Assignment 1

Read Complete Research Material


Assignment 1: Case Analysis 3

Assignment 1: Case Analysis 3

Case Selected

B. L., age 65 years, has come to the emergency department with complaints of increasing chest discomfort over the last few weeks, the worst episode happening this morning. History includes type I diabetes mellitus since age 7 years.

Review of Systems

Type 1 diabetes mellitus is a chronic medical condition that occurs when the pancreas, an organ in the abdomen, produces very little or no insulin (figure 1). Insulin is a hormone that helps the body to absorb and use glucose and other nutrients from food, store fat, and build up protein. Without insulin, blood glucose (sugar) levels become higher than normal. Type 1 diabetes requires regular blood sugar monitoring and treatment with insulin. Treatment, lifestyle adjustments, and self-care can control blood sugar levels and minimize the risk of disease-related complications (Wulsin & Hillard, et al, 1988: 315). Type 1 diabetes usually begins in childhood or young adulthood, but can develop at any age. In the United States, Canada, and Europe, type 1 diabetes accounts for 5 to 10 percent of all cases of diabetes.

Assessment Techniques

Being diagnosed with type 1 diabetes can be a frightening and overwhelming experience, and it is common to have questions about why it developed, what it means for long-term health, and how it will affect everyday life. For most patients, the first few months after being diagnosed are filled with emotional highs and lows. You and your family can use this time to learn as much as possible so that diabetes-related care (e.g., self-blood sugar testing, medical appointments, daily insulin) becomes a "normal" part of your routine.

In addition, you should talk with your doctor or nurse about resources that are available for medical as well as psychological support. This might include group classes, meetings with a nutritionist, social worker, or nurse educator, and other educational resources such as books, web sites, or magazines (Yingling & Wulsin et al, 1993: 231). Despite the risks associated with type 1 diabetes, most people can lead active lives and continue to enjoy the foods and activities they enjoyed before being diagnosed with diabetes. Diabetes does not mean an end to special occasion foods like birthday cake. With a little advanced planning, most people with diabetes can enjoy exercise in almost any form.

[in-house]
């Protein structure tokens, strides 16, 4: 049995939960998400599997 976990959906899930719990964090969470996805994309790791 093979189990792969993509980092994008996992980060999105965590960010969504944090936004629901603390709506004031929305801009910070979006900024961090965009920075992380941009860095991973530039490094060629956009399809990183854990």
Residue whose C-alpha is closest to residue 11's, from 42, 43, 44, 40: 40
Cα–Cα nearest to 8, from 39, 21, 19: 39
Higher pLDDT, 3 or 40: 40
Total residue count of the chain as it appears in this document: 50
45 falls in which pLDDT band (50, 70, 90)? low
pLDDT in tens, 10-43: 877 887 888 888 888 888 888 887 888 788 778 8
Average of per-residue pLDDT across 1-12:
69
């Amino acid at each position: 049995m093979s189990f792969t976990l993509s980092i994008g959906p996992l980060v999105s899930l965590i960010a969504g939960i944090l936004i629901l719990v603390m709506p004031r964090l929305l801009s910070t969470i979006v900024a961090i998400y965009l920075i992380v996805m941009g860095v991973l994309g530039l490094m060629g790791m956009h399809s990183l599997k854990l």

Type 1 Diabetes Causes

Type 1 diabetes usually develops when the immune system destroys the insulin-producing cells (called the beta cells) in the pancreas. This is called an autoimmune response. The cause of this abnormal immune response is being studied. This process occurs over many months or years, and there may be no symptoms of diabetes. High blood sugar and its associated symptoms (frequent urination, thirst) do not usually occur until more than 90 percent of the cells that make insulin have been destroyed.

Type 1 diabetes can develop in people with a family history of type 1 diabetes, but it also develops in people with no family history of diabetes. In either case, people who develop diabetes have one or more genes ...
Related Ads
  • Assignment 1:

    Free research that covers part a the critical path i ...

  • Assignment 1

    Assignment 1 . Ethical and Social Issues withi ...

  • Assignment 1

    ASSIGNMENT 1 . An examination of four anatomic ...

  • Assignment # 1

    Assignment # 1 : Evaluation System and ...

  • Assignment # 1

    Name of the Writer Name of the Institution Assign ...